Within plant communities seed mass often varies over 3 to 5 orders of magnitude, yet simple evolutionary models predict a single optimum seed mass. Here we explore a class of models where seed mass determines 1) the number of seeds produced via a size number trade-off and 2) competitive ability plants arising from large seeds are assumed to have a competitive advantage over those derived from small seeds. In this setting the existence of a single-species global ESS seed mass requires the competitive advantage of large seeds over small ones to be unbounded. If there is a limit on the competitive advantage that large seeds obtain then it is always possible to find a smaller seed mass that will successfully invade. In such circumstances there might be a multi-species coevolutionarily stable coalition of several species each with a different seed mass. In this way a wide range of seed masses could be promoted by evolution. In general the adaptive landscape generated by these models is extremely flat leading to slow evolutionary dynamics. The implications of these results for the interpretation of observational, comparative and experimental studies are discussed.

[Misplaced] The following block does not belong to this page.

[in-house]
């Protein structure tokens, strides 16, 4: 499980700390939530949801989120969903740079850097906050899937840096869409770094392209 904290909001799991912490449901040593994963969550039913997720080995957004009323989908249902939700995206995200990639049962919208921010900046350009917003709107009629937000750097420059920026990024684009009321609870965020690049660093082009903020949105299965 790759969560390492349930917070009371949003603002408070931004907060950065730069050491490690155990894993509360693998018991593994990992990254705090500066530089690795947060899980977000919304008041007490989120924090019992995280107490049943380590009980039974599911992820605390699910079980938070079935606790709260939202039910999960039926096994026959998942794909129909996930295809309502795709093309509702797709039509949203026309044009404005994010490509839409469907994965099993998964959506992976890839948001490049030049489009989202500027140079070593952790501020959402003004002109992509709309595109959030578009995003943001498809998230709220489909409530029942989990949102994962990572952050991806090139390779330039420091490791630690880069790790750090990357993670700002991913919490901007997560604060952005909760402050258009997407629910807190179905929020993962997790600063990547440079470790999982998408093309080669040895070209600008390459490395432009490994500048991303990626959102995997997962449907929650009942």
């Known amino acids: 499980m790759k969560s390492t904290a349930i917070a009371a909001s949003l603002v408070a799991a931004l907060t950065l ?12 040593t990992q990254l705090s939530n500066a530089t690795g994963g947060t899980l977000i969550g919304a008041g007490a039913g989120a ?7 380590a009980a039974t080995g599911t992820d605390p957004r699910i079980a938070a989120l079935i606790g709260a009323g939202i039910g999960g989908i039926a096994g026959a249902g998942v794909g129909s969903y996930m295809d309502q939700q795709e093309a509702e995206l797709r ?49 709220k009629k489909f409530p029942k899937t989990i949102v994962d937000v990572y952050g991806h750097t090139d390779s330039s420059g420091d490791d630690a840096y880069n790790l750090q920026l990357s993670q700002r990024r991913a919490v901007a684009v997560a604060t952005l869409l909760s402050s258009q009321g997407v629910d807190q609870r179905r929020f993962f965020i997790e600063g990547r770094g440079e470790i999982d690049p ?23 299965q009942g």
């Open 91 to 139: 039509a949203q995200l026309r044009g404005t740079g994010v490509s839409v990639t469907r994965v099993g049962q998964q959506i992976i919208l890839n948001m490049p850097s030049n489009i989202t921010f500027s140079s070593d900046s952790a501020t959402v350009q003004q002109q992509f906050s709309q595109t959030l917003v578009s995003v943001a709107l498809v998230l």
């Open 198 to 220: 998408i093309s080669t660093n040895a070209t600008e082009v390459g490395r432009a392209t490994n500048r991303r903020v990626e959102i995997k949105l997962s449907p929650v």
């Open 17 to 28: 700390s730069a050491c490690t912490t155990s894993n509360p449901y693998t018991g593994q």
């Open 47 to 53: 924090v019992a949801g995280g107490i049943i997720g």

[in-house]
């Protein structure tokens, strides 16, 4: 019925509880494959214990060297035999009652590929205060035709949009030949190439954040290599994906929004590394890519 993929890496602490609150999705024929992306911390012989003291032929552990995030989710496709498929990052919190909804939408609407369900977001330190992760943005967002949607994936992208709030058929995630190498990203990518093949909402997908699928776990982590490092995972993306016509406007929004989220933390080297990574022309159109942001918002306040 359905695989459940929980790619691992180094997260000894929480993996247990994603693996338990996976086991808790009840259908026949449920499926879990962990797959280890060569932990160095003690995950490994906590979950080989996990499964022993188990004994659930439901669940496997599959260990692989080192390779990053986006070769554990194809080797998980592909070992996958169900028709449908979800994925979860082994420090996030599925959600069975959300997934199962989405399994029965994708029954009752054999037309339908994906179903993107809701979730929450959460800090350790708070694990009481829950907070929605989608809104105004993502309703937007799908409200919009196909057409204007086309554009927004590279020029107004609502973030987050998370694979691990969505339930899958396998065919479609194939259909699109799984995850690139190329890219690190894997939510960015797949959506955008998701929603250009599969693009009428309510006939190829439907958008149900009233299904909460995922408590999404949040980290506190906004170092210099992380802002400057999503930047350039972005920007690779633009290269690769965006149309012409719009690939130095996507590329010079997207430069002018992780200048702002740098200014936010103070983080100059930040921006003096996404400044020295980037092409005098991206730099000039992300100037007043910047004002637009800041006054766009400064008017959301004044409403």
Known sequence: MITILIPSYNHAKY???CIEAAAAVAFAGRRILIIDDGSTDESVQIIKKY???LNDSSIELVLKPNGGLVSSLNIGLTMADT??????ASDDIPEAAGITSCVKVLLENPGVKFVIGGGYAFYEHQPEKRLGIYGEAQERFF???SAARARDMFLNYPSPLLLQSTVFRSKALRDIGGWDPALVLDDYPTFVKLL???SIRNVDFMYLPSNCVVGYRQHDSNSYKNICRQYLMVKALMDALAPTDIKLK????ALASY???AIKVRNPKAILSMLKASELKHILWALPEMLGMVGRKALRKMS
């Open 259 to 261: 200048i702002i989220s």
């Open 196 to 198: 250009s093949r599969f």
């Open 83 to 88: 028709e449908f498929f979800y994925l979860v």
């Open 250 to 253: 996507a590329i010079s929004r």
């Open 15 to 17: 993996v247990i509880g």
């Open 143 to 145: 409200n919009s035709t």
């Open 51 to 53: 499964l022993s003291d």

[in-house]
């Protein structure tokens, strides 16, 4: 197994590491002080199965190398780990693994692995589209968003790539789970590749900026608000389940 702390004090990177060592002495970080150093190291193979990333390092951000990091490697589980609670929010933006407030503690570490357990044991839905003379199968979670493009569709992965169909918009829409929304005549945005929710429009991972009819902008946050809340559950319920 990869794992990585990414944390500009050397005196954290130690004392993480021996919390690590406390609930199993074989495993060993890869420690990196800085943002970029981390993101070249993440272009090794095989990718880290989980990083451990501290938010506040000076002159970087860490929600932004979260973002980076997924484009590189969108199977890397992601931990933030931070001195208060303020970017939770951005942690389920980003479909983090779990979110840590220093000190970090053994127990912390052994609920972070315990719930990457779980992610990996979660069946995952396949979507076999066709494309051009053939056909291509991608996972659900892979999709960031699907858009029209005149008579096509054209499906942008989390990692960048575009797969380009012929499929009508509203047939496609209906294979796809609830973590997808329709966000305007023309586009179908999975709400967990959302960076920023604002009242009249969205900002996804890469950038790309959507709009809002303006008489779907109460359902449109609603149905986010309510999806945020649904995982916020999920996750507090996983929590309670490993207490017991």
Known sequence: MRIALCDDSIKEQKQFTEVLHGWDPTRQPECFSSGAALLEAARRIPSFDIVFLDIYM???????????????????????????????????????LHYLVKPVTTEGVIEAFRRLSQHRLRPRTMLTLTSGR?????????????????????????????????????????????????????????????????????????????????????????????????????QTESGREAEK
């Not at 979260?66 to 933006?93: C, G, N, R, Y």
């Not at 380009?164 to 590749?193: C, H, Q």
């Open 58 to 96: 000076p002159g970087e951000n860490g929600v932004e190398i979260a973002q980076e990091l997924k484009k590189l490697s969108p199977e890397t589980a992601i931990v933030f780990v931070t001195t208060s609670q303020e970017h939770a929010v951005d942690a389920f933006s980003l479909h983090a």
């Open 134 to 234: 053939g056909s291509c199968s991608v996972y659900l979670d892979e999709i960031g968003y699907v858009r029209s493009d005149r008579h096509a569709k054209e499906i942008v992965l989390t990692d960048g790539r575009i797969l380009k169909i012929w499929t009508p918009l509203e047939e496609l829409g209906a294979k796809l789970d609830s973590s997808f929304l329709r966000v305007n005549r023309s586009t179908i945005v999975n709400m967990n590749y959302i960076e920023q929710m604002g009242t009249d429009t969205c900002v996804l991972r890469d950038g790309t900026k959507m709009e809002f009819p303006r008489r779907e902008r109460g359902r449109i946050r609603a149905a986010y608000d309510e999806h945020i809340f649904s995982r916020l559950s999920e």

|Number of pages||11|
|Publication status||Published - Feb 1997|